From Sector-Specific Regulation to Antitrust Law for U.S. Telecommunications: The Prospects for Transition

Competition Policy & Antitrust, Networks, the Internet, and Cloud Computing and Networks and Infrastructure

Article Snapshot

Author(s)

Howard Shelanski

Source

UC Berkeley Public Law Research Paper No. 80

Summary

This paper looks at changes over time in telecommunications law, especially affecting mergers.

Policy Relevance

The FCC’s role in regulating telecommunications is likely to shrink in the long run. Other regulators will continue to oversee competition.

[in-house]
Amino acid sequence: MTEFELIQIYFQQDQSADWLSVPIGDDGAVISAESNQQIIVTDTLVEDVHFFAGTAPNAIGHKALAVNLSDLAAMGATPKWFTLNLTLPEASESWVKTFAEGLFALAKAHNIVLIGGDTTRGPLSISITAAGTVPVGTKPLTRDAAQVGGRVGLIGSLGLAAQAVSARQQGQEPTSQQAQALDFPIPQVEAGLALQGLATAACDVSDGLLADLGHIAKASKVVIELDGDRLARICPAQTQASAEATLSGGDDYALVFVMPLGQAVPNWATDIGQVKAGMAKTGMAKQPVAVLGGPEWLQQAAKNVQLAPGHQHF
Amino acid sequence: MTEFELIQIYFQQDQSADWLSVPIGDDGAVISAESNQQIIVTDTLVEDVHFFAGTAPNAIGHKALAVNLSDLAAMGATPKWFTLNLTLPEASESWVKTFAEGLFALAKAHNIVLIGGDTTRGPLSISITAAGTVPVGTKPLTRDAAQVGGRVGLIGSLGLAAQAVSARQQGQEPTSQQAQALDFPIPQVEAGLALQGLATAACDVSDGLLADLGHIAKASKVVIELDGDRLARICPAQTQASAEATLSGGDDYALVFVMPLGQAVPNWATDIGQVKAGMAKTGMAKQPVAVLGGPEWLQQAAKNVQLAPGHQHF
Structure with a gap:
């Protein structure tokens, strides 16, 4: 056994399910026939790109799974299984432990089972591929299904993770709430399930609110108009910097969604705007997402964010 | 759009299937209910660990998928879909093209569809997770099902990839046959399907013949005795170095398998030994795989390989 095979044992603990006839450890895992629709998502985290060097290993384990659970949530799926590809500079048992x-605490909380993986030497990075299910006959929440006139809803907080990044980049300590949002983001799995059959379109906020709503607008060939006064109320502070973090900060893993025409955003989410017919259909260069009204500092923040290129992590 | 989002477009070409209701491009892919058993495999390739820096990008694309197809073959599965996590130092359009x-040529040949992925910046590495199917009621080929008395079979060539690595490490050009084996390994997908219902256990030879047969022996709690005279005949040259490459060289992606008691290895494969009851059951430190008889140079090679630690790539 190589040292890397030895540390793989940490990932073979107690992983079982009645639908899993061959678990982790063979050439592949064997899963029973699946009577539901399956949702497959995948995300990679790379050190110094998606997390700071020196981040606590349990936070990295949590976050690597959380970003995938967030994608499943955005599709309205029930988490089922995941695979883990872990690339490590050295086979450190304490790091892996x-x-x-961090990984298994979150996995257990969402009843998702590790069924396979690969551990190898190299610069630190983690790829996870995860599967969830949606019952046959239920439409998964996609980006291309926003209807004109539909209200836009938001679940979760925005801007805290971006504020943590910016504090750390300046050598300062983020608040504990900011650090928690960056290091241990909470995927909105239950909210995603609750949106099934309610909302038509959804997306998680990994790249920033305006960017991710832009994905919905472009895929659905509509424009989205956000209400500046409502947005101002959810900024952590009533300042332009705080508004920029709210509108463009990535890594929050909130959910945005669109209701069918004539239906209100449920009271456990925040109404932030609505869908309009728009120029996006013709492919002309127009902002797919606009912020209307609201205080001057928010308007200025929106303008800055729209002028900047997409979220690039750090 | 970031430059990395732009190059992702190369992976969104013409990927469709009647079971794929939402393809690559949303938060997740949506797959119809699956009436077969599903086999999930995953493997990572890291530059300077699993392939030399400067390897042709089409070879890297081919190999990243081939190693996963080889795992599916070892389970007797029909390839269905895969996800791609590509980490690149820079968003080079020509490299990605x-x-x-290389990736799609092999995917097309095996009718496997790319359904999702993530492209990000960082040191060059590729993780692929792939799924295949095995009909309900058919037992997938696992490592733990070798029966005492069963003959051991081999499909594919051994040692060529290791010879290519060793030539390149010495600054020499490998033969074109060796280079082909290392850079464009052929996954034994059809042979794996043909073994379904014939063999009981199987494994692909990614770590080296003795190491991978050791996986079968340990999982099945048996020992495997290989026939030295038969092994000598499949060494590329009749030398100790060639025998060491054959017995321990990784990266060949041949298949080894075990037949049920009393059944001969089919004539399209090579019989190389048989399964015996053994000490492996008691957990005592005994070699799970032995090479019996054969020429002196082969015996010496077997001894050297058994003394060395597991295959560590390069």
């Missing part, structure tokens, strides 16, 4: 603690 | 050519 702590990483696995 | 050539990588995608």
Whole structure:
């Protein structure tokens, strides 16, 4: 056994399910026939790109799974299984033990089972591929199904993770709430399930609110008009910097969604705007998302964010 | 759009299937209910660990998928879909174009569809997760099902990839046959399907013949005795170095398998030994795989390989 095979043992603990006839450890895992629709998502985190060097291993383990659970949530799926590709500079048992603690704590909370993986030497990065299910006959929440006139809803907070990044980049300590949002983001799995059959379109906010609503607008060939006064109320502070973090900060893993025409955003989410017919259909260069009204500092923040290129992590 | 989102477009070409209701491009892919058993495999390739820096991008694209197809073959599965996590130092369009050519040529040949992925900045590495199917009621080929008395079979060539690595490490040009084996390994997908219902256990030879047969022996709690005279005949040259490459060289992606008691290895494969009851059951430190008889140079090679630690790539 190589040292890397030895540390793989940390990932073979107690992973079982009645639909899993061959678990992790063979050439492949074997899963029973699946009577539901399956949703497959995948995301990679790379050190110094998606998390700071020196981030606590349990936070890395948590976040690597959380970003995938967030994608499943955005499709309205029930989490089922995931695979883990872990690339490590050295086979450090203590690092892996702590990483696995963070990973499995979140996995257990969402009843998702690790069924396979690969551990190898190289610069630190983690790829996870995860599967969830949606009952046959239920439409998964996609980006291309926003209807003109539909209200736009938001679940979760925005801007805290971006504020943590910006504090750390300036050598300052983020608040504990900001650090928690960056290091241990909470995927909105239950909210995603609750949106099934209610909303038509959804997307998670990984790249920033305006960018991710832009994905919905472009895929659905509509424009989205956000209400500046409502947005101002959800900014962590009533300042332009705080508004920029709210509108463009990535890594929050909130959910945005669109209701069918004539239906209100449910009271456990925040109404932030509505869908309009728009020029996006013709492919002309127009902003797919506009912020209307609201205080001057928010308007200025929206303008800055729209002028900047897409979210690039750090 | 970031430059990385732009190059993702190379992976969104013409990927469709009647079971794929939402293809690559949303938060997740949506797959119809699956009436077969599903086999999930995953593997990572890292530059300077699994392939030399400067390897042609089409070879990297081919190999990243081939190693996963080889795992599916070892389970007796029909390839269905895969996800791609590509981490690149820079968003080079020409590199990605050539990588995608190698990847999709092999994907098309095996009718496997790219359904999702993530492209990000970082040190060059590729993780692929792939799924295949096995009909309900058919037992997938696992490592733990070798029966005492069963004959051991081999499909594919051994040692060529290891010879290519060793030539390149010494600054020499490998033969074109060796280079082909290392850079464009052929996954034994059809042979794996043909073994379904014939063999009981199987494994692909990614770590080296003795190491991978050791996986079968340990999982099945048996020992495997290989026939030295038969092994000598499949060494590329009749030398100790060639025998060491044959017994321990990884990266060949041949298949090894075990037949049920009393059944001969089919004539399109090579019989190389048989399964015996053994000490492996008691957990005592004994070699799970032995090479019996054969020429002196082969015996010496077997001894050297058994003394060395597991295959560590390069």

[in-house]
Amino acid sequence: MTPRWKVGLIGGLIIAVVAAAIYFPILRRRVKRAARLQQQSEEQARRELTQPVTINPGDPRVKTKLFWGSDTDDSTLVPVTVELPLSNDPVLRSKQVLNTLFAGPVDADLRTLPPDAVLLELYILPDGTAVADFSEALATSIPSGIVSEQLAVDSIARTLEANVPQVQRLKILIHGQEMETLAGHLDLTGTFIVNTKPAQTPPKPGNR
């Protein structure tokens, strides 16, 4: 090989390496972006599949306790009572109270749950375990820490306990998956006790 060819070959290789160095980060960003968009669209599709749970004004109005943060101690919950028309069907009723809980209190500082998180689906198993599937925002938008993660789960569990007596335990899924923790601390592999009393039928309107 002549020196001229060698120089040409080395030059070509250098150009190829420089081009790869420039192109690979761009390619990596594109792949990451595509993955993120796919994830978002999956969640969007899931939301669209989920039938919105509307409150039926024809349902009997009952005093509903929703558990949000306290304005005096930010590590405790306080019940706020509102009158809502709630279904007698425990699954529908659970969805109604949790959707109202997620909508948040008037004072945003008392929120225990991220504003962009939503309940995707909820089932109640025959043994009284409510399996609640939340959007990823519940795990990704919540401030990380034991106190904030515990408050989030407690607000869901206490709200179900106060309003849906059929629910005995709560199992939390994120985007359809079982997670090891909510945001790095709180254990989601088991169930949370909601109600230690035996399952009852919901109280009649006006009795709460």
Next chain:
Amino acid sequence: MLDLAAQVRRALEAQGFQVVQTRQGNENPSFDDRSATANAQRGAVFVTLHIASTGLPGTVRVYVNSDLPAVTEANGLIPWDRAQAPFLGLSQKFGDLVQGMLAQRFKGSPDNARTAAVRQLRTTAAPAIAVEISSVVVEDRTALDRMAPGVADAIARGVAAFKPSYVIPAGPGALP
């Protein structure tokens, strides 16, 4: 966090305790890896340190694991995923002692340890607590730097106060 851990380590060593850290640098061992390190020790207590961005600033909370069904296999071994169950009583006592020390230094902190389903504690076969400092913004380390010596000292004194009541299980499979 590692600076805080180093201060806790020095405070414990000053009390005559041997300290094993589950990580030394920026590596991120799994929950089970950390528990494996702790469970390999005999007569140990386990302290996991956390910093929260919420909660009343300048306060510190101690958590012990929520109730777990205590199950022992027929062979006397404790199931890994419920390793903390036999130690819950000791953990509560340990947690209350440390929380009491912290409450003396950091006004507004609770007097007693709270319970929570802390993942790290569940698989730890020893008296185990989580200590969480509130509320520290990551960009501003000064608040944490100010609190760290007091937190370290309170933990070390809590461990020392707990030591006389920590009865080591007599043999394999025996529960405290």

Main Points

  •  Over time, regulation of telecommunications by the Federal Communications Commission (FCC) has been reduced. The Department of Justice (DOJ) and the Federal Trade Commission (FTC) continue to play a role as enforcers of antitrust law.

  • The FCC’s oversight of telecommunications mergers seems to duplicate the role of the DOJ and the FTC.

  • After the Telecommunications Act of 1996 passed, many firms in the telephone sector merged, and competition for local phone service did not develop as fast as expected.

  • This recent history means that it is likely the FCC will retain some role in examining mergers.

  • Slowly, economic and technological changes are laying the groundwork for a further reduction in the FCC’s role.

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